Mahmud Dicko, Mali’s leading religious figure, who had been instrumental in the election of Boubacar, now leads a mass opposition movement that championed Boubacar’s removal through protests.
How China Helped Create The Malian Crisis
Just as with Syria, China could have prevented the destruction of Libya and the subsequent murder of the country’s leader – Muammar Qathafi. It simply could have opposed UN Resolution 1973, which imposed no fly-zones over Libya in 2011. The imposition of the UN no fly-zone saw NATO’s enforcement, which later on turned out to be an all-out invasion of the country, which hitherto was Africa’s most prosperous country.
Some point to bad human rights records to justify the US-led NATO invasion of the country. However, this argument falls flat in the face of worse human rights records of some countries that voted for the resolution. The US has a history of violating the human rights of inmates at Abu Ghraib prison in Iraq and Guantanamo Bay in Panama. According to Human Rights Watch, China commits human rights abuse against Muslims in Xinjiang.
By not opposing the imposition of a No-fly zone over Libya, China helped open a Pandora’s Box which has been haunting Africa’s Sahel region. The Tuaregs who trooped back to Mali, following Qathafi’s fall are the main actors calling for the secession of Northern Mali – Azawad.
downfall also opened the floodgates for terrorist groups affiliated to ISIL and Al-Qaeda, to infiltrate the region. Prior to that, Qathafi’s counter-terrorism measures kept a proper check on the proliferation of terrorist groups in the region.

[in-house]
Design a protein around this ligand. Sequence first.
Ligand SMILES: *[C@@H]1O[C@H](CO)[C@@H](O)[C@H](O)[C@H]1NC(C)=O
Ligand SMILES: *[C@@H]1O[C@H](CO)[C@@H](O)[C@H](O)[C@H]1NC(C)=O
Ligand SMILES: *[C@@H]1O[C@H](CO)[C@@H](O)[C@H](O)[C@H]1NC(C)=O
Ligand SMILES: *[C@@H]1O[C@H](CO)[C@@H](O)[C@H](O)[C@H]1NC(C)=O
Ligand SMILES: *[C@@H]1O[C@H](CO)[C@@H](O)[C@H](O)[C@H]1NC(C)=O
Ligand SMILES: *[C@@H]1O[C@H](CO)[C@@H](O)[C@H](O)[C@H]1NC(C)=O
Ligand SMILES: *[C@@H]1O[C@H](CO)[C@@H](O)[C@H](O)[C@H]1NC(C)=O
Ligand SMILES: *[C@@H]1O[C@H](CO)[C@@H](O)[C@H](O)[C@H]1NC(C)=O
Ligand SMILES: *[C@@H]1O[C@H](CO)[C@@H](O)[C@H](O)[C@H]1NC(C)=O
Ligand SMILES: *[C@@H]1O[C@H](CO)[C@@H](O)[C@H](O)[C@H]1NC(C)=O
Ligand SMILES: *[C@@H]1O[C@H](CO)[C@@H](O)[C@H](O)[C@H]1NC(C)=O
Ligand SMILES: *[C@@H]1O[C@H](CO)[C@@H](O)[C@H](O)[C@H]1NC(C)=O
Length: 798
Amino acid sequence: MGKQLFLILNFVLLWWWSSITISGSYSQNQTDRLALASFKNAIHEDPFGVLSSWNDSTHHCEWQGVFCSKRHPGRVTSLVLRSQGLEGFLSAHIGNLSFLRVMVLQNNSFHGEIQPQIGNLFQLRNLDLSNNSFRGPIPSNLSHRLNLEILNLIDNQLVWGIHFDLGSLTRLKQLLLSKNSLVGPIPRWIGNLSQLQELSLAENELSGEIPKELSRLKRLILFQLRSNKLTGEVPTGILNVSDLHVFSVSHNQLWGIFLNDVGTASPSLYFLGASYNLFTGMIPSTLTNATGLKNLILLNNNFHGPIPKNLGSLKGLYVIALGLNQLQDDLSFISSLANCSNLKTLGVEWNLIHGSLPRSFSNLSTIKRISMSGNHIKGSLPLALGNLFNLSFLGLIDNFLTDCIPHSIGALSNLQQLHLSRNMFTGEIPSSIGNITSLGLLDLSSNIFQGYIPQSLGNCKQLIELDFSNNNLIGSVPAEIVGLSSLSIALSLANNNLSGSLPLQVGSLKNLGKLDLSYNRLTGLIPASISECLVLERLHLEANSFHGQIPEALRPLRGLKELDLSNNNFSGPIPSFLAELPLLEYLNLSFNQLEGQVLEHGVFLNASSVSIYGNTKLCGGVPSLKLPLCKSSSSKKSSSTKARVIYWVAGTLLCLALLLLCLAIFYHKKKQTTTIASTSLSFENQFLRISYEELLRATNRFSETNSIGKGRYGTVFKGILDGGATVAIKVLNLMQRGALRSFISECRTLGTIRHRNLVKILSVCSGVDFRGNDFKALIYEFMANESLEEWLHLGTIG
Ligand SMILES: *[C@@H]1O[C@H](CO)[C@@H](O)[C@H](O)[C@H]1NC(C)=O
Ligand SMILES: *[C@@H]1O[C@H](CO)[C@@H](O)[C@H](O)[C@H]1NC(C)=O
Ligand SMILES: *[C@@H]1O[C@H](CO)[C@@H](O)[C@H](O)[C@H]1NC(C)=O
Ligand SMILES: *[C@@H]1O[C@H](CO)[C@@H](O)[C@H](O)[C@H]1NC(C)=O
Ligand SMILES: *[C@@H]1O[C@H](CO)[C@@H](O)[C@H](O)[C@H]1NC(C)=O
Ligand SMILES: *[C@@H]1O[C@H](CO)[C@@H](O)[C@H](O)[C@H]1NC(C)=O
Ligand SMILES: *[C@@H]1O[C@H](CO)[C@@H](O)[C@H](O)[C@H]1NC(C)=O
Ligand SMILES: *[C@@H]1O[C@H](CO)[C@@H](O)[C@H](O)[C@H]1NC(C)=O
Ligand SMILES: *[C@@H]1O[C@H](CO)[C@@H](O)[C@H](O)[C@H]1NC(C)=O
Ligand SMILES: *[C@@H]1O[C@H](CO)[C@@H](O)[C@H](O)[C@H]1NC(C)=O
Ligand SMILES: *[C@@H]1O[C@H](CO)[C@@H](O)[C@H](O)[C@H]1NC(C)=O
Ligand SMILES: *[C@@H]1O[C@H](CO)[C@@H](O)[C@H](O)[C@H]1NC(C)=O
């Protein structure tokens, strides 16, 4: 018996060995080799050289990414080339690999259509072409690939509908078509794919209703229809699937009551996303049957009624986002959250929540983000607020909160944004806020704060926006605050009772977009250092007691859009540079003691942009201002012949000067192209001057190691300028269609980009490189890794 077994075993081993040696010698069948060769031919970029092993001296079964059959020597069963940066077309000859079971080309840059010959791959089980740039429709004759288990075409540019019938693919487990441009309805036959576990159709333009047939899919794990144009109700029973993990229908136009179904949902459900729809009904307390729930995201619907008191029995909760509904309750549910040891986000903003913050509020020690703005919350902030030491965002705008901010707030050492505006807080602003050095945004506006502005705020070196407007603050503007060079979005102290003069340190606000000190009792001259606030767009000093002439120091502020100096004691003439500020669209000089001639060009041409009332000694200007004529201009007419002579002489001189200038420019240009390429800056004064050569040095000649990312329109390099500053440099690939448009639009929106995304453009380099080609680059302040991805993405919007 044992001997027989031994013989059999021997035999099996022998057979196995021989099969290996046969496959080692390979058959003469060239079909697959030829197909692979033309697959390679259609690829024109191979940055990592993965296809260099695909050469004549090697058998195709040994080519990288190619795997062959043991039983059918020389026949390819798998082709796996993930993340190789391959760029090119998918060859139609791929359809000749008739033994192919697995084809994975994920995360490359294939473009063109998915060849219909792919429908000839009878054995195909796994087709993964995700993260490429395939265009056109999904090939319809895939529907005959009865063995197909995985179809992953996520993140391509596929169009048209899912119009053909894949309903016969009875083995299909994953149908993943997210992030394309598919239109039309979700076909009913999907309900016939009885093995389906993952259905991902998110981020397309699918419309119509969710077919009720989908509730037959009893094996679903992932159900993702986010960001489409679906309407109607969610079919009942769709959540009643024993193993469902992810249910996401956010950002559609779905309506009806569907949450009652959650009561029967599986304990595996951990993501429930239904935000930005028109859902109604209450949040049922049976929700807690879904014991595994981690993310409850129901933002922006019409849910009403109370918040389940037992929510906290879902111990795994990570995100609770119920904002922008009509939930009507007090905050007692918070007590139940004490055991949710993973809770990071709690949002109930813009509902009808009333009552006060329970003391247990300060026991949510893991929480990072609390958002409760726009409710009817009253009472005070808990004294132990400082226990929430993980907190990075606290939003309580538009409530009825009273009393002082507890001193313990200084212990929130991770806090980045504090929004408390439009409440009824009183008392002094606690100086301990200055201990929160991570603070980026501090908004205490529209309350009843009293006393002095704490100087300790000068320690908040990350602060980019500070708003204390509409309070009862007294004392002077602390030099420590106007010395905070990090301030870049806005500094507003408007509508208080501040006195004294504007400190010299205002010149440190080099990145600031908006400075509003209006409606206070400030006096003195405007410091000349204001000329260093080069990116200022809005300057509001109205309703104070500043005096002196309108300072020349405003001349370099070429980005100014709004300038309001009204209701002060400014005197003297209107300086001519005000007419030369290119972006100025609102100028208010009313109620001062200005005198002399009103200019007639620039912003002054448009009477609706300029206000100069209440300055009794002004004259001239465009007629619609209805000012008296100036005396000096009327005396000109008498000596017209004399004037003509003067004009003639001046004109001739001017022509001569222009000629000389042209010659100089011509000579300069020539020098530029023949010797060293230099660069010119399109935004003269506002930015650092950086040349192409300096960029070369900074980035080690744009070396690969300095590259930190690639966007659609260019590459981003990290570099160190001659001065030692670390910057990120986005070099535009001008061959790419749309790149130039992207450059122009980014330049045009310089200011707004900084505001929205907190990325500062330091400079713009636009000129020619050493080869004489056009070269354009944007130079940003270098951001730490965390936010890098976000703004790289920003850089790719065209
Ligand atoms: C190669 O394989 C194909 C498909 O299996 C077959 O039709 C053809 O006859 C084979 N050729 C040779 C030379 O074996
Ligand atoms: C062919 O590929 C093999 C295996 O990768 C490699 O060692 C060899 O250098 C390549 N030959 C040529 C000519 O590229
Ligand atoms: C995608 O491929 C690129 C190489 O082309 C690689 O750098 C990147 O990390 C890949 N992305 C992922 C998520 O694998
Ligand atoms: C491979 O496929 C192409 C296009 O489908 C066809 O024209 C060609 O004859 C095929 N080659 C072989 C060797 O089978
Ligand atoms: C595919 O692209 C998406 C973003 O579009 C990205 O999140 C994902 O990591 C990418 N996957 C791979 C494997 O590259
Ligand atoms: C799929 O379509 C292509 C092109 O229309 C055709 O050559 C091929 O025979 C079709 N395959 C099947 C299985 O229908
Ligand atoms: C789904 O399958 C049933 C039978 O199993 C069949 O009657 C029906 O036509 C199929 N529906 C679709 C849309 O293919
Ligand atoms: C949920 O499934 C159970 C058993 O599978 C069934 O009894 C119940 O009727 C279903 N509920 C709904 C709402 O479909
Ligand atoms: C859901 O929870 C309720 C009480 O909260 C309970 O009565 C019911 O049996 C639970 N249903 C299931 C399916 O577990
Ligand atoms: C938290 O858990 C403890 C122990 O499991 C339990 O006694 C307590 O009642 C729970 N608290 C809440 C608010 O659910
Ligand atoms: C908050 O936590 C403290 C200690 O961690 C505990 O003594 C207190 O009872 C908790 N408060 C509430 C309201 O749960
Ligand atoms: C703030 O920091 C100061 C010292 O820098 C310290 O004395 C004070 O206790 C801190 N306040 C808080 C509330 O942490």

Currently, these terrorist groups are the main group opposing a peaceful settlement of the crisis. the Tuaregsare open for talks, whilst the Islamists want the fight to continue. Burkina Faso aside from Mali, suffers from terrorist insurgency because of increasing insecurity in the region. It is a matter of time before these insurgents start threatening the stability of Ghana and other countries on the Gulf Guinea.
What Should China Do?
At the heart of the Malian problem is the state’s inability to control the insecurity in the north of the country – a problem China helped create, though unintentionally. By proposing mediation, china is talking of an initiative that has already failed to produce results. A sustained military campaign against insurgents leading to their defeat in the country’s north provides a lasting solution.
African forces should make up the bulk of the troops for the campaign but funding should be borne by the international community. Those who created the problem must demonstrate more financial commitment to the campaign. It is in the regard that I expect a more pronounced role for the Chinese government.
It is morally wrong for countries to neglect problems they have created from wrong the decisions they have taken in the past. The turmoil in Mali affects people in a number of ways including deaths. Countries responsible for the creation of the Malian problem must commit to a process that would bring about a lasting solution.